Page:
I don't think they're going so far as to get me to drool every time I hear a ding in my inbox. But I wonder if they've done any kind of analysis to see whether people are more likely to open/respond to a solicitation if they know it's coming.

I'd bet that's a huge factor, to be added with our FIRST! and our Social variables.

But I'm still not convinced that it's necessarily the best way for them to go. I'd assume they've done their homework, but honestly, these are really young companies. Isn't it possible that they just made a decision at some point and it's built on itself?

That's why if I were at Groupon or LivingSocial, I would be running experiments on my customers 24/7.

One of the lessons I took away from my Experiments in Firms class at UChicago, was that direct mail was the easiest form of marketing to experiment with and measure customer response. We talked about it often, using it to illustrate concepts of experimentation, in part because it was so straightforward. A control group, a test group, people generally don't interact with regard to their mail, easy.

There's no real reason you can't do the exact same with email. Sure, email is much easier to share and expose. But if you wanted to experiment with delivery timing, it would be easy as hell. I would argue you could also experiment with types of offerings to specific customer sub-groups. That's my nice way of asking Groupon to stop sending me deals on bikini waxes. I will not buy one, no matter how many times you suggest it!

I don't even think you'd need to experiment to get data on something like the optimal email delivery time (although it sure makes sense to me). These companies have mobile applications that require customers to actually open them up to check for deals. I'd start right there to see when people are checking. To me, that would be an indication of when they're interested. Of course, no sooner to I write that, I read about Groupon's new 'Groupon Now' feature.

I guess it wouldn't be the first time a multi-billion dollar company was a step ahead of me.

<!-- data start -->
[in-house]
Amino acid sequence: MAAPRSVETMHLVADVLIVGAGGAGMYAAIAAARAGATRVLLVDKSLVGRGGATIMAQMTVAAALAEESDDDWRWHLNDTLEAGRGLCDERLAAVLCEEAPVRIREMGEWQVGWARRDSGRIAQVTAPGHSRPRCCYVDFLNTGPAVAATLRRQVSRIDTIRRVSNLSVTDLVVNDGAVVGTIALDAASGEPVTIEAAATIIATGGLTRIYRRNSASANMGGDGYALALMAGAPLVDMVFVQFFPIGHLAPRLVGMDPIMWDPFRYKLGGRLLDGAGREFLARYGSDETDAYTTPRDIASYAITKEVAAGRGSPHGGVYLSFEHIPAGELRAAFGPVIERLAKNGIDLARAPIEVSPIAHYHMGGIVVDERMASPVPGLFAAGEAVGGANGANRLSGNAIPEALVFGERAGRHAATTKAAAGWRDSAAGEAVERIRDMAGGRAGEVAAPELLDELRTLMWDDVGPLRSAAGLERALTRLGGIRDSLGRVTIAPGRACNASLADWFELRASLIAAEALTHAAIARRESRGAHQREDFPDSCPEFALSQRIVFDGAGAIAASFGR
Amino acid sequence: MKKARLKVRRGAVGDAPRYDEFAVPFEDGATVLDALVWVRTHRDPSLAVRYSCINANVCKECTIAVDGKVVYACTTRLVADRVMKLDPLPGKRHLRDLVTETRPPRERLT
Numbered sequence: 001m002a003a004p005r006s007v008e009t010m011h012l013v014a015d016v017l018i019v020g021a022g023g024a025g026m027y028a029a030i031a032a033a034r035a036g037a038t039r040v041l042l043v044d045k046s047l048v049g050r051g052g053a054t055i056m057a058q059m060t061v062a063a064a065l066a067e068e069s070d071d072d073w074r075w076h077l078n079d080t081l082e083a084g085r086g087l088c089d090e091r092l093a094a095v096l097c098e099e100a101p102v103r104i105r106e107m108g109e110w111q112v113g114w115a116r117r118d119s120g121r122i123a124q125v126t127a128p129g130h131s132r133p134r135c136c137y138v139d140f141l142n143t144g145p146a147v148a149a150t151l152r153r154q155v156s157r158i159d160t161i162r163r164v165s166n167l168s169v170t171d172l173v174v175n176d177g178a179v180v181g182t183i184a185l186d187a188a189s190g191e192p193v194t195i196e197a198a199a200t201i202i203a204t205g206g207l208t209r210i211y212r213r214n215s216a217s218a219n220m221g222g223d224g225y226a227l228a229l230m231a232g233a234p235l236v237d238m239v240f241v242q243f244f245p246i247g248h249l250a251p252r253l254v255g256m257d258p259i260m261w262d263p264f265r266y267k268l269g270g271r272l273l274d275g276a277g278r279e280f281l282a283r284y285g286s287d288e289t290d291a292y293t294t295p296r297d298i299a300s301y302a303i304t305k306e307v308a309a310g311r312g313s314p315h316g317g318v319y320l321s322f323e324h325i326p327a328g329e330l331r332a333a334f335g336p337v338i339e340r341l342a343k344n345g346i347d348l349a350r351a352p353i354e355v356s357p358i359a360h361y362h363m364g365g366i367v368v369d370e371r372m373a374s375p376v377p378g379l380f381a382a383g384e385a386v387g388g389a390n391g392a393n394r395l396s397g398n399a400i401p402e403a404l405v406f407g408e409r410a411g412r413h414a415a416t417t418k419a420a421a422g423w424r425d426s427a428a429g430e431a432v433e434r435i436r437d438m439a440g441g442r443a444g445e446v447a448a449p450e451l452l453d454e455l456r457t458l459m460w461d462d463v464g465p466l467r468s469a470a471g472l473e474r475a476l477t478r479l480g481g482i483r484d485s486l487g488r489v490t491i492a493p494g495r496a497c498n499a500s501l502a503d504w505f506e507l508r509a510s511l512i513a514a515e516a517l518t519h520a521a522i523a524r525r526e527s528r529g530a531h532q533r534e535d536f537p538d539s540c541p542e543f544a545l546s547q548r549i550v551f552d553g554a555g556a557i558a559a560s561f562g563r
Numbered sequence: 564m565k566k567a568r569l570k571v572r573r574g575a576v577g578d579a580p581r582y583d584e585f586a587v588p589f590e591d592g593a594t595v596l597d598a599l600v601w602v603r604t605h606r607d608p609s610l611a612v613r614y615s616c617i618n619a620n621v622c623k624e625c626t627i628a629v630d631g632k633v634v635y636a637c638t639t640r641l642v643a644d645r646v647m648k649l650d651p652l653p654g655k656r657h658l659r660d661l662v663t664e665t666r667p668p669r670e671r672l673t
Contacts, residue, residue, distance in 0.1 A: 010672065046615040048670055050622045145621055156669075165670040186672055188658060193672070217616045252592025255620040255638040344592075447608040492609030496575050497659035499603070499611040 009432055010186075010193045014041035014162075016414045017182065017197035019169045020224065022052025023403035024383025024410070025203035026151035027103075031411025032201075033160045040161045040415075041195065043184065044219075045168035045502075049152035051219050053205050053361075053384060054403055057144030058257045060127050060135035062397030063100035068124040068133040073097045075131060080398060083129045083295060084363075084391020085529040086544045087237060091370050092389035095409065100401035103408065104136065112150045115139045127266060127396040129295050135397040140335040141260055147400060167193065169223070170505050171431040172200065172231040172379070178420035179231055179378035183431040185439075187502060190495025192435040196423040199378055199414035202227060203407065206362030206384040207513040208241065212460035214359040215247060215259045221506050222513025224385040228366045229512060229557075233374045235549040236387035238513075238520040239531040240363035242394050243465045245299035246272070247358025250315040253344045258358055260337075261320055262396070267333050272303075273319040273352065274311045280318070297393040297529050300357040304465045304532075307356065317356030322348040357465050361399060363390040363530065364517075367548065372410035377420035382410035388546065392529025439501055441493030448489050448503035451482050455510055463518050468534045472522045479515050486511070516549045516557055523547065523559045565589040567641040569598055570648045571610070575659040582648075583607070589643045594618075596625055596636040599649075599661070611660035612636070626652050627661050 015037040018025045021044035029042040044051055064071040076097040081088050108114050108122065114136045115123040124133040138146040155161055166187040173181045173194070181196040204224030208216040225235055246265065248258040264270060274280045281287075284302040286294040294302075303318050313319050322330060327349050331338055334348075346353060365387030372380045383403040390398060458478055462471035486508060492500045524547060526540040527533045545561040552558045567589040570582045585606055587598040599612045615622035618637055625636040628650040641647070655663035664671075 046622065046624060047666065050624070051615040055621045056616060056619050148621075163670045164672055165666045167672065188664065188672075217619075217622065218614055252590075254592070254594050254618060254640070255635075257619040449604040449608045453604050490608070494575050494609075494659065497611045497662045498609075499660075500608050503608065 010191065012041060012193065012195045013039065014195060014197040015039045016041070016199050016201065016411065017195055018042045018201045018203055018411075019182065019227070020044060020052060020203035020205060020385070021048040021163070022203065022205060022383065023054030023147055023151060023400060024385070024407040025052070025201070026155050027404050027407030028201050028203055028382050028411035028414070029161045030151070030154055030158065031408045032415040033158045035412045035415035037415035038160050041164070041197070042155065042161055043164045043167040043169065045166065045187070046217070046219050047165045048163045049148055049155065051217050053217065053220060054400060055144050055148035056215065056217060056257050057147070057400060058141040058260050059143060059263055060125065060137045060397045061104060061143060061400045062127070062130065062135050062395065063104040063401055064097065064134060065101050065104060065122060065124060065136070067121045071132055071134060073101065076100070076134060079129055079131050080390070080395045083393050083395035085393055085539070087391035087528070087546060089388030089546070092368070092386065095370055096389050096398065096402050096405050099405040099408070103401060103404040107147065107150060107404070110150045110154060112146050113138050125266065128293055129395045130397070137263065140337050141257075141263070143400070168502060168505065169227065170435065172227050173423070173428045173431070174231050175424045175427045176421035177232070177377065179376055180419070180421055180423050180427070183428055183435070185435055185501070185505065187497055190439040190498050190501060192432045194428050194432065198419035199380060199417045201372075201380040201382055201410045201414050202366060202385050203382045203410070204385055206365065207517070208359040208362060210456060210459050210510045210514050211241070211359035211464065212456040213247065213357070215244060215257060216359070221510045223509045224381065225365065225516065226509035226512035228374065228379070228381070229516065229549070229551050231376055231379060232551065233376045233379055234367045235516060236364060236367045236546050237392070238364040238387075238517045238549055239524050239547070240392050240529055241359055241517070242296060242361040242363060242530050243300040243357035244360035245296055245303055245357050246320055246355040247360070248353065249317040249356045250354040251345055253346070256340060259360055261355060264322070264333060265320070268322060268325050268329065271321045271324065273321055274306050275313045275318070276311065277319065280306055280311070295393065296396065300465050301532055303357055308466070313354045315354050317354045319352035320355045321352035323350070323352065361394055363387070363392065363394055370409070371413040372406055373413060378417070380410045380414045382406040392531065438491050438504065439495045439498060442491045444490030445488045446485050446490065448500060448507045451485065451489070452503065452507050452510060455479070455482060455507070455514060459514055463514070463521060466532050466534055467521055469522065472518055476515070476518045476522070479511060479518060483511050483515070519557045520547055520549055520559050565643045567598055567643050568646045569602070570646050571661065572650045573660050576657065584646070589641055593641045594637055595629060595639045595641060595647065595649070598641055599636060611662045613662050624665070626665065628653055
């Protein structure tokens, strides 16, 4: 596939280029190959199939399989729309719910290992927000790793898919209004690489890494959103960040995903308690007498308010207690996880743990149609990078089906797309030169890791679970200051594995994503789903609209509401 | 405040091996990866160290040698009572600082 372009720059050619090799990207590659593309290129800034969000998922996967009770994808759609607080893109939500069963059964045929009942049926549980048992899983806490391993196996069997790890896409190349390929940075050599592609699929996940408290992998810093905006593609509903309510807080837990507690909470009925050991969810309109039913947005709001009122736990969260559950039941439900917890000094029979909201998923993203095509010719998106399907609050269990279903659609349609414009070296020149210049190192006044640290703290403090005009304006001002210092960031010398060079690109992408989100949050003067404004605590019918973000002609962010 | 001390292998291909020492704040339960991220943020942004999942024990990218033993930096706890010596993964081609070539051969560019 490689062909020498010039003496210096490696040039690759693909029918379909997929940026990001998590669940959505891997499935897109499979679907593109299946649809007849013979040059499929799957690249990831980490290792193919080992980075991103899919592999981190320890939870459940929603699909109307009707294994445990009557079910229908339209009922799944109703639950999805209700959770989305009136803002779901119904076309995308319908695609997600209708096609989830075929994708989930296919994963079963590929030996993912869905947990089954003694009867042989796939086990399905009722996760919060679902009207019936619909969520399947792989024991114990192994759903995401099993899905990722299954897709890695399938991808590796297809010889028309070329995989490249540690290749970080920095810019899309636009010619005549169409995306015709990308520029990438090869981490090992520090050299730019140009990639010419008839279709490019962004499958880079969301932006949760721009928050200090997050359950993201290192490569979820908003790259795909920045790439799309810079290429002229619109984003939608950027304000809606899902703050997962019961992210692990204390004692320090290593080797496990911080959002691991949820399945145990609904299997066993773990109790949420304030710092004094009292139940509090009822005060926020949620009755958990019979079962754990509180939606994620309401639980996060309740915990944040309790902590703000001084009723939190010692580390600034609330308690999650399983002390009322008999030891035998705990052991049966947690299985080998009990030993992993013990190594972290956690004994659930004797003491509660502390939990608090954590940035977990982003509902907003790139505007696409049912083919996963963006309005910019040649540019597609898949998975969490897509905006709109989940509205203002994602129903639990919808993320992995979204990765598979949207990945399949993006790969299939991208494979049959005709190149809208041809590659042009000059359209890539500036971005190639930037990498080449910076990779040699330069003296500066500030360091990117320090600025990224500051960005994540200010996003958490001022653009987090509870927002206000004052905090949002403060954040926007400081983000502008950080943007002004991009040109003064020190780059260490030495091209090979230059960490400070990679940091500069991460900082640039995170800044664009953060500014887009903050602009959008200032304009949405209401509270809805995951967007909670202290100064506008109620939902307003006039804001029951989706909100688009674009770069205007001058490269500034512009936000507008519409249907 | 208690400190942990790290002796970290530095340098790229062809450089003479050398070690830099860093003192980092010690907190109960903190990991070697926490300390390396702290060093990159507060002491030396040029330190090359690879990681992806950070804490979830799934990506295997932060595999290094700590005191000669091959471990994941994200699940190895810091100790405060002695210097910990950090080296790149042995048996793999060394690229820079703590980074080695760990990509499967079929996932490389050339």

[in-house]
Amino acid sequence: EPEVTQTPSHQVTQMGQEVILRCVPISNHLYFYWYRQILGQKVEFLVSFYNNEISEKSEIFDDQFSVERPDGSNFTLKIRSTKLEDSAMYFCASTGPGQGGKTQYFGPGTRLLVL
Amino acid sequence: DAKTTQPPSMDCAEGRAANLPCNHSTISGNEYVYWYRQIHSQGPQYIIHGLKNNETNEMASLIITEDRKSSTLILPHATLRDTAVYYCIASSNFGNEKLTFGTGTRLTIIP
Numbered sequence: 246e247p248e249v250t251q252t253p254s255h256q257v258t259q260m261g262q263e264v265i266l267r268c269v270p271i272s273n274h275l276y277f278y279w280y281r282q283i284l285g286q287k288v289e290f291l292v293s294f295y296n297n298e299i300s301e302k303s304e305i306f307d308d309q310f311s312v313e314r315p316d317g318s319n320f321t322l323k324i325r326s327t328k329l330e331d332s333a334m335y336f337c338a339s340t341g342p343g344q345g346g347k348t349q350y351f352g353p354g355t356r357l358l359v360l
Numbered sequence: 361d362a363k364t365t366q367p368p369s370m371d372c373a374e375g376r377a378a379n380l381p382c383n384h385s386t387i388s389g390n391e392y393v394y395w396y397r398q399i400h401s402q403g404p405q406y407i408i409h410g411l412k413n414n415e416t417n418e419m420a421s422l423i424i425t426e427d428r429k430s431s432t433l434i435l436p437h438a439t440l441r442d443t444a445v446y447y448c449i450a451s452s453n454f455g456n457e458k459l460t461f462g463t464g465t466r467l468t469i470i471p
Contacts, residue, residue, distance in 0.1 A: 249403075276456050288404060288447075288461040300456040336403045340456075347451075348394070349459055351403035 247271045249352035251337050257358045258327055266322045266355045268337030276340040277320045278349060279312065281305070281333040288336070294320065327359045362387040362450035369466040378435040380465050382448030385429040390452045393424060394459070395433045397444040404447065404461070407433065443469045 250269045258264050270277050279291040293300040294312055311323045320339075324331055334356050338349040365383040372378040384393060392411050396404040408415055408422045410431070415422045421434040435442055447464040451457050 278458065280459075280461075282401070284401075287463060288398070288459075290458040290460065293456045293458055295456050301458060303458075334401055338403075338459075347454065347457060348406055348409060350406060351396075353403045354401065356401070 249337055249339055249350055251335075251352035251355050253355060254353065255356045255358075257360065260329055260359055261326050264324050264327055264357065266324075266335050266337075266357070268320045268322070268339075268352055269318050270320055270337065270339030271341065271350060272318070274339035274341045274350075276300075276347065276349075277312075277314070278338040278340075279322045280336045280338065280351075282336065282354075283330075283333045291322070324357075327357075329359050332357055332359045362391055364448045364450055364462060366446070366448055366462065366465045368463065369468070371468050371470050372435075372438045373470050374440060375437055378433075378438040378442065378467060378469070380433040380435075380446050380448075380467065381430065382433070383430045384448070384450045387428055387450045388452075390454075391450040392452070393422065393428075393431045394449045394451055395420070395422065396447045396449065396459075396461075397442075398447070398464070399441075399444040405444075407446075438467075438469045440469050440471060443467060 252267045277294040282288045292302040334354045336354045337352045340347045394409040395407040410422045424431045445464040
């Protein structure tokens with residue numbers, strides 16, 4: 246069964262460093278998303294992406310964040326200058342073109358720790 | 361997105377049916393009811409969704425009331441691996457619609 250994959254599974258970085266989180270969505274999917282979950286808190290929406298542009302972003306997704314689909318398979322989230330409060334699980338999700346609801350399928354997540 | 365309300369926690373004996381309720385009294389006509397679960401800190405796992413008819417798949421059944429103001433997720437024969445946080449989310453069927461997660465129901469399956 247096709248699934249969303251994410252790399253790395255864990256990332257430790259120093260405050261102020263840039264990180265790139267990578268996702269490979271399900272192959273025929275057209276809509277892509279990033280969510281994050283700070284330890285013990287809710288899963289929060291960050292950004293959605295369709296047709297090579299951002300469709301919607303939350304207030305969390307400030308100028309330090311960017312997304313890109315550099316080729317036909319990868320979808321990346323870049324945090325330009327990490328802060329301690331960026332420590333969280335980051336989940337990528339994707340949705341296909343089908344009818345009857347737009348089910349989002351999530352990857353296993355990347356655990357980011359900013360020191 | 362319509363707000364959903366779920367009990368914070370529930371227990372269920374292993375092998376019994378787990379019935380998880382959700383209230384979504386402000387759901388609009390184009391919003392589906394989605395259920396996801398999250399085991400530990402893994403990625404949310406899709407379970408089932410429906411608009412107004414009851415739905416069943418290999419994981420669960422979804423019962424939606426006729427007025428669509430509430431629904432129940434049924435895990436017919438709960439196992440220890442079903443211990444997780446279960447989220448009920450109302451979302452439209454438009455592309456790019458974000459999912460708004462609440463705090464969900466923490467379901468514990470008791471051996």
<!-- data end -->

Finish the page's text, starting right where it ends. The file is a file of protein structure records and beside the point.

Wednesday, March 2, 2011

The End Game for Online Gambling

Saw this article in this morning's Wall Street Journal on the future of online gambling.

There's not a ton of breaking news here, but it reminds me that the key question for online gambling in the United States isn't a question of if, it's a question of when.

The country (and especially the individual states) are in a financial mess, leaving out the question of whether they should continue deficit spending to bolster the overall economy.

My assumption for the reason gambling bills have failed historically is that the costs to politicians in the form of angry voters outweighed the benefits they would receive in the form of economic growth + campaign contributions.

However, in an environment when funding for many programs will need to be cut, the relative significance of online gambling evils will continue to decline relative to other changes in play. By that I mean, the whiny losers who rain on all our gambling parades by decrying it as sinful will stop caring about it when we need to close schools and police stations (or more in line with their priorities, abstinence education or some other such nonsense).

With the costs of legalizing online gambling reduced, politicians can now feel more comfortable in pursuing the legislation. Indeed, that is what we're starting to see from states like New Jersey, who would structurally face lower angry voter costs thanks to their current legalized gambling.

Where does this play out? I'm hoping it ends with me being able to do in-game wagering on NFL games from my iPhone on Sundays whenever the NFL starts playing again (Although Apple's historically been another prude when it comes to this stuff, so maybe I'd need to buy a Droid). With Illinois in the financial toilet, it's my hope that that version of the future isn't too far off.